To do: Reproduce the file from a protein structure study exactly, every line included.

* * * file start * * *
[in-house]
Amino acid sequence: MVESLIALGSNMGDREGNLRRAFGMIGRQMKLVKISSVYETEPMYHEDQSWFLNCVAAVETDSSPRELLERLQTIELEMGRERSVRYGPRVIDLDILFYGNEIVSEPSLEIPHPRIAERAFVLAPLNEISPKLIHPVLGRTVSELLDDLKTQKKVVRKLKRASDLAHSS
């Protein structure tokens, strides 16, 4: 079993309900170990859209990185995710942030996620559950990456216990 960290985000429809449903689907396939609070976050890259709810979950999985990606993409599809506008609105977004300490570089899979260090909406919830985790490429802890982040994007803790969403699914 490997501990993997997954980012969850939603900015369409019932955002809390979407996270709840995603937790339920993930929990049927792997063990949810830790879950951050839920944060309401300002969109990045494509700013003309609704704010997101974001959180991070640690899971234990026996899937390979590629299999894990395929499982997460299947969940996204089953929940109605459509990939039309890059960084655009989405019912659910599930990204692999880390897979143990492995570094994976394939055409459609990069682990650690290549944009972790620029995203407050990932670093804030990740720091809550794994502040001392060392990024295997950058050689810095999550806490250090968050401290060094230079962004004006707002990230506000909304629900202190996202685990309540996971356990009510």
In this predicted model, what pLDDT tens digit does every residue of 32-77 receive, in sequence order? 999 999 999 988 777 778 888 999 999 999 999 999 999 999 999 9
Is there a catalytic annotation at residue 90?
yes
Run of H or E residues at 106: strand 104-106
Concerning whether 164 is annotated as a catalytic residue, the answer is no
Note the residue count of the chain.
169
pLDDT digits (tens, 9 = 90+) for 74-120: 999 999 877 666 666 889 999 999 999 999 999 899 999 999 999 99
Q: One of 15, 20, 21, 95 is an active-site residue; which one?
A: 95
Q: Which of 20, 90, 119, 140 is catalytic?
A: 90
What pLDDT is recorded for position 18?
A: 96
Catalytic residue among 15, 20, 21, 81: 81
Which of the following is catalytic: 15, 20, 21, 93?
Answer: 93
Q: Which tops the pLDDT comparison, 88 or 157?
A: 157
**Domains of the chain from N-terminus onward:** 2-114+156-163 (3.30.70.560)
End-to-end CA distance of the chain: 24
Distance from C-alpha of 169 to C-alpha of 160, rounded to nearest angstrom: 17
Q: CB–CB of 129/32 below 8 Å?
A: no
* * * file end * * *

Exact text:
[in-house]
Amino acid sequence: MVESLIALGSNMGDREGNLRRAFGMIGRQMKLVKISSVYETEPMYHEDQSWFLNCVAAVETDSSPRELLERLQTIELEMGRERSVRYGPRVIDLDILFYGNEIVSEPSLEIPHPRIAERAFVLAPLNEISPKLIHPVLGRTVSELLDDLKTQKKVVRKLKRASDLAHSS
């Protein structure tokens, strides 16, 4: 079993309900170990859209990185995710942030996620559950990456216990 960290985000429809449903689907396939609070976050890259709810979950999985990606993409599809506008609105977004300490570089899979260090909406919830985790490429802890982040994007803790969403699914 490997501990993997997954980012969850939603900015369409019932955002809390979407996270709840995603937790339920993930929990049927792997063990949810830790879950951050839920944060309401300002969109990045494509700013003309609704704010997101974001959180991070640690899971234990026996899937390979590629299999894990395929499982997460299947969940996204089953929940109605459509990939039309890059960084655009989405019912659910599930990204692999880390897979143990492995570094994976394939055409459609990069682990650690290549944009972790620029995203407050990932670093804030990740720091809550794994502040001392060392990024295997950058050689810095999550806490250090968050401290060094230079962004004006707002990230506000909304629900202190996202685990309540996971356990009510």
In this predicted model, what pLDDT tens digit does every residue of 32-77 receive, in sequence order? 999 999 999 988 777 778 888 999 999 999 999 999 999 999 999 9
Is there a catalytic annotation at residue 90?
yes
Run of H or E residues at 106: strand 104-106
Concerning whether 164 is annotated as a catalytic residue, the answer is no
Note the residue count of the chain.
169
pLDDT digits (tens, 9 = 90+) for 74-120: 999 999 877 666 666 889 999 999 999 999 999 899 999 999 999 99
Q: One of 15, 20, 21, 95 is an active-site residue; which one?
A: 95
Q: Which of 20, 90, 119, 140 is catalytic?
A: 90
What pLDDT is recorded for position 18?
A: 96
Catalytic residue among 15, 20, 21, 81: 81
Which of the following is catalytic: 15, 20, 21, 93?
Answer: 93
Q: Which tops the pLDDT comparison, 88 or 157?
A: 157
**Domains of the chain from N-terminus onward:** 2-114+156-163 (3.30.70.560)
End-to-end CA distance of the chain: 24
Distance from C-alpha of 169 to C-alpha of 160, rounded to nearest angstrom: 17
Q: CB–CB of 129/32 below 8 Å?
A: no